Pussy Willows, the Marsh, March 2013
My first memory of pussy willows is my childhood best friend's cat, with same name. Pussy Willow was an appropriately colored cat and I think she came after Josie (named after Josie and the Pussy Cats). Any way, I also have early memories of picking pussy willows in the woods near our home and enjoying the softness of their grey blossoms. It was less toxic for me than the cat version, being anaphylactically allergic to cats.
As Wendell Berry notes in his poem, it is best to go to the wild places when your life presents you with wild twists and turns. The meeting wild with wild thing is perhaps not very intuitive, but it works every time. Which is a very impressive success rate for any medication. Take one dose of night heron, and call me in the morning. I learned when running in the marsh the other day, followed by a long walk with a friend in the marsh (with closer attention to detail), that we are known for our night herons. Between the pussy willow and the night herons, it was a great dose of wildness. Not a bad run either. Though I could not get the theme song for "Josie and the Pussycats" out of my head.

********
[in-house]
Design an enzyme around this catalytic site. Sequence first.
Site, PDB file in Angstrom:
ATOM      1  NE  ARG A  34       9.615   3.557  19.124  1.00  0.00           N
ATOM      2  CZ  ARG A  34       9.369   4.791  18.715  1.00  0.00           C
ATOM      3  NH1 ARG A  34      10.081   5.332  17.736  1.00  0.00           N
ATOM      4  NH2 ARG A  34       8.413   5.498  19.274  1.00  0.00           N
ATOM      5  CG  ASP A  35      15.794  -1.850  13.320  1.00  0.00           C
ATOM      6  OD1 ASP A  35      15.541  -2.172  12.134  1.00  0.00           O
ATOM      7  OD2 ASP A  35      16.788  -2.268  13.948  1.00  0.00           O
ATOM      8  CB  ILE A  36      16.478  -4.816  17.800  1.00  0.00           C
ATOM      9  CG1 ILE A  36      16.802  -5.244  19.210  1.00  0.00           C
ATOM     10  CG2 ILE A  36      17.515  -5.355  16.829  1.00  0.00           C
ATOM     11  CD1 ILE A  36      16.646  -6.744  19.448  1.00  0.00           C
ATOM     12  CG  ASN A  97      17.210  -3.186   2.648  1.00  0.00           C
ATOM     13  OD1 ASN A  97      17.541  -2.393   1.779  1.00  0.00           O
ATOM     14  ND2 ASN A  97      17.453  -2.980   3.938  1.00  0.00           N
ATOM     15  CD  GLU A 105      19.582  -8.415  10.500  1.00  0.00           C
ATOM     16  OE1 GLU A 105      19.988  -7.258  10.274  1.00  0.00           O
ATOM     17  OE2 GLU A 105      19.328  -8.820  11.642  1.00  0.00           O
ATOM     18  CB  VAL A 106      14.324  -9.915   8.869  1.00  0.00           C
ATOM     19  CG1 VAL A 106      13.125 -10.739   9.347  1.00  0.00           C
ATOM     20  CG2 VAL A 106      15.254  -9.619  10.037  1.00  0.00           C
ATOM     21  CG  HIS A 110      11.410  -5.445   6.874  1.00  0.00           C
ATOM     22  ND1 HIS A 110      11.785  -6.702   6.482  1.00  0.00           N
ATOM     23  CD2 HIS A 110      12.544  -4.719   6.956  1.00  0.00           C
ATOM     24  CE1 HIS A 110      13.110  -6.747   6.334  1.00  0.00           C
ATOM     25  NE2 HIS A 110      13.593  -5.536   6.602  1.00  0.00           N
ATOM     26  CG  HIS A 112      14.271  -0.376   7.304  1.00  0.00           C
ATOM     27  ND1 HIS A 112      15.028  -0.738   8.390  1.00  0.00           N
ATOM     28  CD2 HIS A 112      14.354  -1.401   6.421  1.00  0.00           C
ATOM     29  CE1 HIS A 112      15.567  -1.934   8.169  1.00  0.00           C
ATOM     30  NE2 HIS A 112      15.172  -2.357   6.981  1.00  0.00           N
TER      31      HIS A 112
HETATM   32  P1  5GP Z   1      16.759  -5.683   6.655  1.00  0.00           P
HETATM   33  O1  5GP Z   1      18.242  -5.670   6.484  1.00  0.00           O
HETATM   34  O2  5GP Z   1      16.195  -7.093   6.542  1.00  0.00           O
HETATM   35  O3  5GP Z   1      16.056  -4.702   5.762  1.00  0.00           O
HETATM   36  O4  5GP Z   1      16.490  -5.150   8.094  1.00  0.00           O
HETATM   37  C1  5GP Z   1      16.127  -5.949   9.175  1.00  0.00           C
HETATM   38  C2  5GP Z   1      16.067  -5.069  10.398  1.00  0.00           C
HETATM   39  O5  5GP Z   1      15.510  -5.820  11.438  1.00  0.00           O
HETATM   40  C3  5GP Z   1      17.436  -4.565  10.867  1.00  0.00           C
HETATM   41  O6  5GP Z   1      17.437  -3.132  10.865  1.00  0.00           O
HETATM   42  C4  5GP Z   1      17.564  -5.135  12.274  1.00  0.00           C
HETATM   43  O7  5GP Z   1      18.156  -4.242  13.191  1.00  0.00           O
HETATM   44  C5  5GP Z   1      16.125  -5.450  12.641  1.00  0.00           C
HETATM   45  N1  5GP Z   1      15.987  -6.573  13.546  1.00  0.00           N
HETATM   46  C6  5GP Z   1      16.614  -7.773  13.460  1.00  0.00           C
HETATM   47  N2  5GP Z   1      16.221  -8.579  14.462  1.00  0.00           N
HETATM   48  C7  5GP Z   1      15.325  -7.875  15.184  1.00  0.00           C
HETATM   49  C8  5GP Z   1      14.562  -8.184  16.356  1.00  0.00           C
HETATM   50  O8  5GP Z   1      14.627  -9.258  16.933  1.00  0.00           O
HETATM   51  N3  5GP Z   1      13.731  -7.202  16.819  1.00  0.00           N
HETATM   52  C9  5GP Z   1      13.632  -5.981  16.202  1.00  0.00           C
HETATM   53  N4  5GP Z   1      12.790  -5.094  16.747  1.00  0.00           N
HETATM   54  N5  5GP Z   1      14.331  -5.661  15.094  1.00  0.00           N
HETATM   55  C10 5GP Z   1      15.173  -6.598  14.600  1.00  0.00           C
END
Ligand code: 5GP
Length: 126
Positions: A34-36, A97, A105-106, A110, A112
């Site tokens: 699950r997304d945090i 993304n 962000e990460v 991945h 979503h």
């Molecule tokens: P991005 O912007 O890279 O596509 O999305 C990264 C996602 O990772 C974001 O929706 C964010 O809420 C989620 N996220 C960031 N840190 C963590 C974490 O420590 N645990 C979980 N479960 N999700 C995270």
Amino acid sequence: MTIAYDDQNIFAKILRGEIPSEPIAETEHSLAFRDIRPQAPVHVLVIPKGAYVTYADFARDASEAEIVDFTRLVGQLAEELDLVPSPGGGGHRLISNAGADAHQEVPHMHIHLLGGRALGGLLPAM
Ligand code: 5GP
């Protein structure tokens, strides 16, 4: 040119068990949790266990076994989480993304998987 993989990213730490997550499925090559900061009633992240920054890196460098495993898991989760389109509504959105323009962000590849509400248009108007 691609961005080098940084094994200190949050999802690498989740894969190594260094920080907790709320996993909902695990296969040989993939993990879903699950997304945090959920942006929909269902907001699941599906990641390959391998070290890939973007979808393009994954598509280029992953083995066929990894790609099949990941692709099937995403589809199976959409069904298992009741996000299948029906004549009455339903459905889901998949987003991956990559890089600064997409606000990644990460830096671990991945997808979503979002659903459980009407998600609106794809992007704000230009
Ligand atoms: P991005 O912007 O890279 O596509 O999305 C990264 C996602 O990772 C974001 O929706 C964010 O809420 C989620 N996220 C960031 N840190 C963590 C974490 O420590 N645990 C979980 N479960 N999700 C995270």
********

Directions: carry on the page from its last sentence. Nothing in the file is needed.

Today I ventured out on a route I generally have been avoiding, due to traffic and tragedy. But the sun was out, and I just started out heading that direction and next thing I knew, there I was. I hugged the curb, scowled at speeding cars and listened to David Bowie's new album a little too loudly under headphones. This album is said to confront mortality, love and war so it seemed perfect for the occasion. Mostly though it has a good beat, and the song "Dancing out in Space" has a perfect running cadence. I was sub 7 by the last mile of the 10 that I ran today, and I owe it all to David.
I am feeling oddly hopeful about this year. I mean, everything is more or less in constant chaos, but I have a lovely family and I like doctoring so it could be worse. And I am super excited about these three things:
1) June 16: San Francisco Marathon
2) September: Running and Good Eats camp
3) December: 50 miles on trails
Ignore chaos. Set outrageous goals. Take a daily dose of wild. Keep running. And never forget the 1970's.